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Pizza is personal and we’re taking all these failures very personally
Talk to many folks and it’s one of the most important non-essential decisions in their life.
What’s my pizza place?
That sounds like one of the most absurd statements ever uddered, right? Well, think about it. Pizza is the one food that usually bridges the dietary discussion. Simply put, fat people eat too much of it and my-body-is-my-temple folks usually obsess about it as their reward food.
I have lived in places where rents were literally elevated because the property was within the delivery area of a top-notch pizzeria. Yes, this is a thing. My landlord in New York City made no bones about this being a thing and defended the policy to me for 20 minutes when I questioned him.
A great pizza place is usually recession proof, because no matter what financial difficulties folks have, they can always make room in the budget for a pizza night. Yet, here in Bluffton, the depth of options has risen and fallen with the economy.
As opportunity was abundant and development dollars were free flowing, a bunch of great options bubbled up around the area’s mainstays.
Then, as the economy went south, shockingly, so did our options.
I don’t mean to be stepping on Best of Bluffton territory, but it really struck me to see Napoli close a few weeks back on S.C. 46. So much money and time was put into renovating this building after its former tenant, Badabings, was booted in favor of an owner-operated Italian eatery.
An outside seating area had just been finished. Many I talked to said that Napoli felt too high end for Bluffton, that service was spotty and that the core product, the pizza, was not up to our discerning 29910 standards.
Yet, those are all issues that could be worked out. Instead, Napoli just went poof, gone.
They’re not the first. Monster Pizza was one of my first pizza passions in town. When the initial owners sold and the McCarthy family took over, I hoped this meant that the place had a true long-term future in Bluffton. The pizza was good, the concept was unique, the people were friendly. The location was a little out of the way on Burnt Church Road in an older plaza, but it just felt all felt right.
The outside area around the restaurant was used for family-friendly events, for cornhole tournaments and for watching big sports events projected larger than life on the side of the building.
Then, Monster tried to expand. Some say it was too much, too soon and the result was not only did the Sun City location go away quick, but so did the Burnt Church location.
Upper Crust Pizza was a fixture in Moss Creek, then they jumped ship and took on the former Monster location in Sun City.
Honestly, I can’t keep up with all the movement here, and I’m one of the folks who keeps track of such things.
I loved Jersey Joe’s, first when it was on S.C. 170 (though that was a bit far of a ride to be a regular thing) and then when they were in Buckwalter Place. They had great pizza and they were consistent. It seemed like they had a good regular business, but it wasn’t enough.
Fiddlehead’s, which went into the former Monster spot on Burnt Church, had incredible high-end taste. Another place that went away far too soon.
And yes, I loved Badabing’s. The staff treated my kids like they were princes and they did a stellar job on such a wide array of Italian dishes, it was just always a good night out. And their carryout was consistently strong.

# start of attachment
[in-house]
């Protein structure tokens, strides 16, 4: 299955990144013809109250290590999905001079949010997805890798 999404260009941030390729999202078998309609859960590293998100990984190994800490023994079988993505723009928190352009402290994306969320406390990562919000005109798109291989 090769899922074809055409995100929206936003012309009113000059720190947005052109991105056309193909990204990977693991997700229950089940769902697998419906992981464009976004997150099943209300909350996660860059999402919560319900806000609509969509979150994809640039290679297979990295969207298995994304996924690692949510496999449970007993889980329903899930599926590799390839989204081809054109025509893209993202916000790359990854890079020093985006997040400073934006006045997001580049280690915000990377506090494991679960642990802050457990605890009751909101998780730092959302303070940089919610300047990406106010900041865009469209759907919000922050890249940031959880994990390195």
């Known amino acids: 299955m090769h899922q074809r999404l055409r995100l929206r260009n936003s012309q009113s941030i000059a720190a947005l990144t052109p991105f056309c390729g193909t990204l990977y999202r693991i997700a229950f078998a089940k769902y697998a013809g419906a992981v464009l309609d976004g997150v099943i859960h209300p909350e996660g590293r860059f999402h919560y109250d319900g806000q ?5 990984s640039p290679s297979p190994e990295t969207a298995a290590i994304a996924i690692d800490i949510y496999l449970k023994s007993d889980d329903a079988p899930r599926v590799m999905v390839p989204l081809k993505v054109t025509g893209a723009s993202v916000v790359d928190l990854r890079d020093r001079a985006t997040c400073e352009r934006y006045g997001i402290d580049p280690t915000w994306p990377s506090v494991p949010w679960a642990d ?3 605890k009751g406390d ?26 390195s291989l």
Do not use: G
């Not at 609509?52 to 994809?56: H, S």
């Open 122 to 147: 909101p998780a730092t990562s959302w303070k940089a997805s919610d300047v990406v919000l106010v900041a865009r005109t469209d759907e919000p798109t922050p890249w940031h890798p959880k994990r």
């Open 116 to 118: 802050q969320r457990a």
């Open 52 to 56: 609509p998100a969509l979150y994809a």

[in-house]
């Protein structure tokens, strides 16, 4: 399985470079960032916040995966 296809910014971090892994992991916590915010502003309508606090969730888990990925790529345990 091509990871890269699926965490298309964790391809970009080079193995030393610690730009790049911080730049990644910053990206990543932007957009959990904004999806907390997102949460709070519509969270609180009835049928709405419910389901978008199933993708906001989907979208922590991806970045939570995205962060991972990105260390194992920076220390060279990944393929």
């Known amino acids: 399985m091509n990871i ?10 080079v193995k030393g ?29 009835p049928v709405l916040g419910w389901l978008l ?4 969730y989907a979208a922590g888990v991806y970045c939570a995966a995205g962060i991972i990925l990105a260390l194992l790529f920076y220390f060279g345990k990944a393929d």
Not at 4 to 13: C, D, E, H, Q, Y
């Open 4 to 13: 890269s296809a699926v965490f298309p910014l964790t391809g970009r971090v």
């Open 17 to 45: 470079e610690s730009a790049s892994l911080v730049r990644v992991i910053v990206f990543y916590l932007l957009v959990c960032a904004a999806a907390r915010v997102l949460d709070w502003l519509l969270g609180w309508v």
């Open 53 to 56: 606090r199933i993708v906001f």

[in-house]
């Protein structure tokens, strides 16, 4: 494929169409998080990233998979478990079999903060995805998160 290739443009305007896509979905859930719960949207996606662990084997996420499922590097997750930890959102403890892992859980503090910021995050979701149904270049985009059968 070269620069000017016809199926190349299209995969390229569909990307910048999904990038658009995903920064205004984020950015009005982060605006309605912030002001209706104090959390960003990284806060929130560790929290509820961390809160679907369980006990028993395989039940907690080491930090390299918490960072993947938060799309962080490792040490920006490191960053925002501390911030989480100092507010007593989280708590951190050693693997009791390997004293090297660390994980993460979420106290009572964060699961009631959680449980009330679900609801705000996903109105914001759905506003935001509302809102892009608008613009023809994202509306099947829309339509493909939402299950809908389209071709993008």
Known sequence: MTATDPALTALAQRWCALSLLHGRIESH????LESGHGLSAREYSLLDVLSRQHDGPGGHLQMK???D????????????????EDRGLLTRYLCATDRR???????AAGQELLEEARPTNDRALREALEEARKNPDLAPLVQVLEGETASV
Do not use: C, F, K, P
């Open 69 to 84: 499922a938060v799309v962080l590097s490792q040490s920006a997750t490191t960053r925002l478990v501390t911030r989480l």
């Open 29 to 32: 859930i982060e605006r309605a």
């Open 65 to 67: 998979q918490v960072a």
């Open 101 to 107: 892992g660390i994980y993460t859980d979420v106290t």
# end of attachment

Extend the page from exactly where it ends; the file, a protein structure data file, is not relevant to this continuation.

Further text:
So, I won’t lie, I rarely went to Napoli. Wanted to try it but I was bitter over Badabing’s going away. It’s passing still effected me more than I thought it went, because it’s yet another option gone.
Romeo’s in Kittie’s Crossing was a quiet gem. Small joint, not great for eating in, but the tomato sauce and their baked ziti were heavenly. Gone.
Paulie’s at Berkeley Place left us for the island. The list goes on and on and on, and I know I’m missing plenty.
The margins are small in the pizza business. Building regular clientele is so key. Then there’s the chains. The locals could survive when it was just Domino’s and Papa John’s in town.
Then Pizza Hut opened next to The Pig. That took a slice of the pie.
Little Caesar’s wrecked the local game with its $5 hot and ready. Hey, I love me some Italian Cheese Bread, but I’d always rather go for the local option.
For now, Giussepi’s is seemingly holding its own in its parking-is-awful location at the entrance to Kittie’s Crossing. Their Wednesday madness specials always keep them in our budget rotation.
New York City Pizza lives on next to Kroger. A few of my friends obsess about this place. I don’t get it, but I truly hope they have enough diehards to take a stronghold here in addition to their island location.
Moon Mi Pizza is my current local go-to spot. Great location, fresh ingredients, homey feel. The pizza at Station 300 is the sneaky good option. If you haven’t tried it, you should. And Vineyard 55’s pizzas are a delightful indulgence.
Mellow Mushroom has the formula right, making it work in a very odd spot in the Walgreen’s plaza. A chain that doesn’t feel corporate.
Where does all this history lead us?
If the economy is truly rebounding, we can only hope that means we’ll draw some more pizza pioneers to the area.
Uncle Maddio’s has opened in Savannah. It’s so good and like Mellow, does the chain without feeling like it. Maybe they come here.
I know it’s a volume game to make any money there. And I don’t have the demos and the financials. All I know is what I hear.
And what I hear is we’re dying for more options. They say high tide raises all ships.
Hopefully, it raises some pizza dough as well.
Tim Wood is a writer living in Bluffton. Send him comments and story ideas at firstname.lastname@example.org.